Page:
California seeks death penalty in case against suspected Golden State Killer
It comes after Governor Gavin Newsom announced a moratorium on executions in the state.
California prosecutors have announced they will seek the death penalty if they convict the man suspected of being the notorious Golden State Killer who eluded capture for decades.
The move comes less than a month after Governor Gavin Newsom announced a moratorium on executing any of the 737 inmates on the nation’s largest death row.
Mr Newsom’s reprieve lasts only so long as he is governor and does not prevent prosecutors from seeking nor judges and juries from imposing death sentences.
Prosecutors from four counties briefly announced their decision during a short court hearing for Joseph DeAngelo.
He was arrested a year ago based on DNA evidence linking him to at least 13 murders and more than 50 rapes across California in the 1970s and ’80s.
He stood expressionless in an orange jail uniform as prosecutors from Sacramento, Santa Barbara, Orange and Ventura spoke.
Although prosecutors from six counties were in court for the four-minute hearing, charges in those four counties include the special circumstances that could merit execution for 12 of the 13 murders under California law.
His lawyer, public defender Diane Howard, criticised seeking the death penalty against a 73-year-old man, saying in an email that the decision “does not further justice and is wasteful”.
With a multi-county prosecution team including more than 30 people, she cited a Sacramento County estimate that the prosecution would cost taxpayers more than 20 million US dollars (£15 million).
DeAngelo has yet to enter a plea and his trial is likely years away.
Prosecutors would not comment after the hearing, but Orange County District Attorney Todd Spitzer said several prosecutors and family members of murder victims planned a news conference on Thursday to denounce Mr Newsom’s moratorium.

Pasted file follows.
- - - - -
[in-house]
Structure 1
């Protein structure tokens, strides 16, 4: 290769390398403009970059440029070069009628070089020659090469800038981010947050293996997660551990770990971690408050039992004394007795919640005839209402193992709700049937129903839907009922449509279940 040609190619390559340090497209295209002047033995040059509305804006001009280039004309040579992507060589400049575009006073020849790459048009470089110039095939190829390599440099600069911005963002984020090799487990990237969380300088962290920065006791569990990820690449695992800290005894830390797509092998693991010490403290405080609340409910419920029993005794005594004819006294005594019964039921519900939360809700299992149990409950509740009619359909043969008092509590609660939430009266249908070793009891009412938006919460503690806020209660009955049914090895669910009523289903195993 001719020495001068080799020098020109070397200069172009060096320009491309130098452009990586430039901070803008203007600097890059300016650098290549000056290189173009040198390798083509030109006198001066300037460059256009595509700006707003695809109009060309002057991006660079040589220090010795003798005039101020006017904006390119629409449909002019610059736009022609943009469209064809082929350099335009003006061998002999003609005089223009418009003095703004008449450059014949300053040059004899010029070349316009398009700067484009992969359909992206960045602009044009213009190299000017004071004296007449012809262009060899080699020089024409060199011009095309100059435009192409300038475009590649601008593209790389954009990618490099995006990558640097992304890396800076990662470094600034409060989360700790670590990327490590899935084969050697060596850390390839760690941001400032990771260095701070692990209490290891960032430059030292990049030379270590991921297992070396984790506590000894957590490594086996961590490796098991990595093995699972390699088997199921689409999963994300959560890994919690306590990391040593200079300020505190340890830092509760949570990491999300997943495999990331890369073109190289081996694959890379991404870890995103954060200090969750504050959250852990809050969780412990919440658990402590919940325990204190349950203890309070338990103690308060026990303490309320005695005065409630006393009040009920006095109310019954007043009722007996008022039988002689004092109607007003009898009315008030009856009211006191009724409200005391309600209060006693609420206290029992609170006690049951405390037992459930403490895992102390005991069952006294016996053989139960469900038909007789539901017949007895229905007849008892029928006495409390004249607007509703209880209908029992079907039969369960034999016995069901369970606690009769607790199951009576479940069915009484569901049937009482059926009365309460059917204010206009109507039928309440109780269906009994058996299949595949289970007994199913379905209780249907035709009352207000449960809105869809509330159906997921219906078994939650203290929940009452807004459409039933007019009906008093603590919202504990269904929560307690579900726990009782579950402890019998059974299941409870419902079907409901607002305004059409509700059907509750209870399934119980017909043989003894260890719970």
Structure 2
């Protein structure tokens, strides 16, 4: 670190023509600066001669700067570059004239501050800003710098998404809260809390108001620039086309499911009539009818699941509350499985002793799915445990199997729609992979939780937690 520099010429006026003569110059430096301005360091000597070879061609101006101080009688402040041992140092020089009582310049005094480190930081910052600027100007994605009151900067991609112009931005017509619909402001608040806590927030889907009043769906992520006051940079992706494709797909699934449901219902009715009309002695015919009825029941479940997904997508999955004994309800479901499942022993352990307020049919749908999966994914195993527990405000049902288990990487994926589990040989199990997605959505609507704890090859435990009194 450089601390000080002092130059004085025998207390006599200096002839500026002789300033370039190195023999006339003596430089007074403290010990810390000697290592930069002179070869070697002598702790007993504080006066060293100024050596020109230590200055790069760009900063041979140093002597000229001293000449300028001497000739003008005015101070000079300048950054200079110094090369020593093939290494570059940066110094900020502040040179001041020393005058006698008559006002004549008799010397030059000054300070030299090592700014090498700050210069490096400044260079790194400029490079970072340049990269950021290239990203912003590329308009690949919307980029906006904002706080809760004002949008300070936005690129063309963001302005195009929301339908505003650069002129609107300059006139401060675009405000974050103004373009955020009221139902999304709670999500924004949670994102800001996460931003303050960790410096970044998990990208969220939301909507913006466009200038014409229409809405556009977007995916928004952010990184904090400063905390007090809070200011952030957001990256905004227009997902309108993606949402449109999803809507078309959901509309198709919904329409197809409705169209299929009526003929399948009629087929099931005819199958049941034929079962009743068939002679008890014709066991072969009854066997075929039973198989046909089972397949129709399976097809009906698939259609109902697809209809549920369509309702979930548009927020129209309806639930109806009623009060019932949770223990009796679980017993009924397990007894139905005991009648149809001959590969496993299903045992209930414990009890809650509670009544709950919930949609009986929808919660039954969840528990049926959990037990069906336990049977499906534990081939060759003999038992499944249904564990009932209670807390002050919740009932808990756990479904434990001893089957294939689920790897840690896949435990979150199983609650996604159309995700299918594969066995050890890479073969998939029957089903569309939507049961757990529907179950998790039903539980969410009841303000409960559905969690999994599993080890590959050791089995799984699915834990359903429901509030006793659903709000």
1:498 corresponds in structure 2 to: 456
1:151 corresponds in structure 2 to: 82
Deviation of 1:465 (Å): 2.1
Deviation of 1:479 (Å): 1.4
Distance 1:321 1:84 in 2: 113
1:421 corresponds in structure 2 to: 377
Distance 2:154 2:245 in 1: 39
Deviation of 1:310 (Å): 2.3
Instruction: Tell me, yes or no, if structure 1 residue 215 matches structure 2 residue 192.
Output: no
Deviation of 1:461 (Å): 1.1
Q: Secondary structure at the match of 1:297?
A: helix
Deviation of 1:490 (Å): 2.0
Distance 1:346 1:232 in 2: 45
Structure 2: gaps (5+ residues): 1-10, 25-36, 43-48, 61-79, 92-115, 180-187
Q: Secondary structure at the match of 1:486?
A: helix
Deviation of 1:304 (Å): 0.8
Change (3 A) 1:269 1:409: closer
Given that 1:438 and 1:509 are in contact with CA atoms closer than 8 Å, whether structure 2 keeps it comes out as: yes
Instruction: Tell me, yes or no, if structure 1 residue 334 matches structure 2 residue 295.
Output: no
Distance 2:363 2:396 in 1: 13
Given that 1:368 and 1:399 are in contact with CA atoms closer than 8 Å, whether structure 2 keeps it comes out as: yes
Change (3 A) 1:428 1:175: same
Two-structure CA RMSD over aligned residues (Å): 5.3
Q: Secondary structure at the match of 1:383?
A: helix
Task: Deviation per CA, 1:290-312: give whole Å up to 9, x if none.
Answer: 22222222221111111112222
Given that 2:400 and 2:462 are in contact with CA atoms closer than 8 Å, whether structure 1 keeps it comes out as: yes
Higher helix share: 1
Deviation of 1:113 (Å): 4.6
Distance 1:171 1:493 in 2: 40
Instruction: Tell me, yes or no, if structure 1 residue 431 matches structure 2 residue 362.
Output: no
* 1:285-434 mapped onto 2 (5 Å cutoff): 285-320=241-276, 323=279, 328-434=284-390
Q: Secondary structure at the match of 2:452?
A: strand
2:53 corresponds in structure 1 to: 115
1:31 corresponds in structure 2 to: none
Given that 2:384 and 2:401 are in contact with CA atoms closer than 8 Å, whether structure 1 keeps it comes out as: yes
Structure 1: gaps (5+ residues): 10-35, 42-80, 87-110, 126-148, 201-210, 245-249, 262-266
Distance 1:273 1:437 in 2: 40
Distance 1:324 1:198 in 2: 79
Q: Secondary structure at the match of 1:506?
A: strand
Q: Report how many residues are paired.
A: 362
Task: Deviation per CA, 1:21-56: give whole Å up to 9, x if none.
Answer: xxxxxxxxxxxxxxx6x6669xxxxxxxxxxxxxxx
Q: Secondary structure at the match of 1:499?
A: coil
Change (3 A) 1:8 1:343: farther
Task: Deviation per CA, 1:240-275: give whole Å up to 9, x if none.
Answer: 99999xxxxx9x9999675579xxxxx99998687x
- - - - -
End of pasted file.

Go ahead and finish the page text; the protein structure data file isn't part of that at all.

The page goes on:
An announcement from Mr Spitzer’s office said victims’ families “will share their stories of losing their loved ones and how the governor’s moratorium has devastated their pursuit of justice”.
The serial killer would sneak into suburban homes at night, authorities said. If a couple was home, he would tie up the man, place dishes on his back and threaten to kill both victims if he heard the plates fall while he raped the woman.
“These are horrific crimes. Our sympathies are with the victims and families who have suffered at the hands of the Golden State Killer,” Mr Newsom’s spokesman Brian Ferguson said in a statement acknowledging that the governor’s executive order does not affect the ability of local prosecutors to make charging decisions.
California has not executed anyone since 2006, but Mr Newsom said he acted last month because 25 inmates had exhausted their appeals and court challenges to the state’s new lethal injection process were potentially nearing their end.
He endorsed a repeal of capital punishment but said he could not in good conscious allow executions to resume in the meantime knowing that some innocent inmates could die.
He also said he was exploring ways to commute death sentences, which would permanently end the chance of executions, though he cannot act without permission from the state Supreme Court in many cases.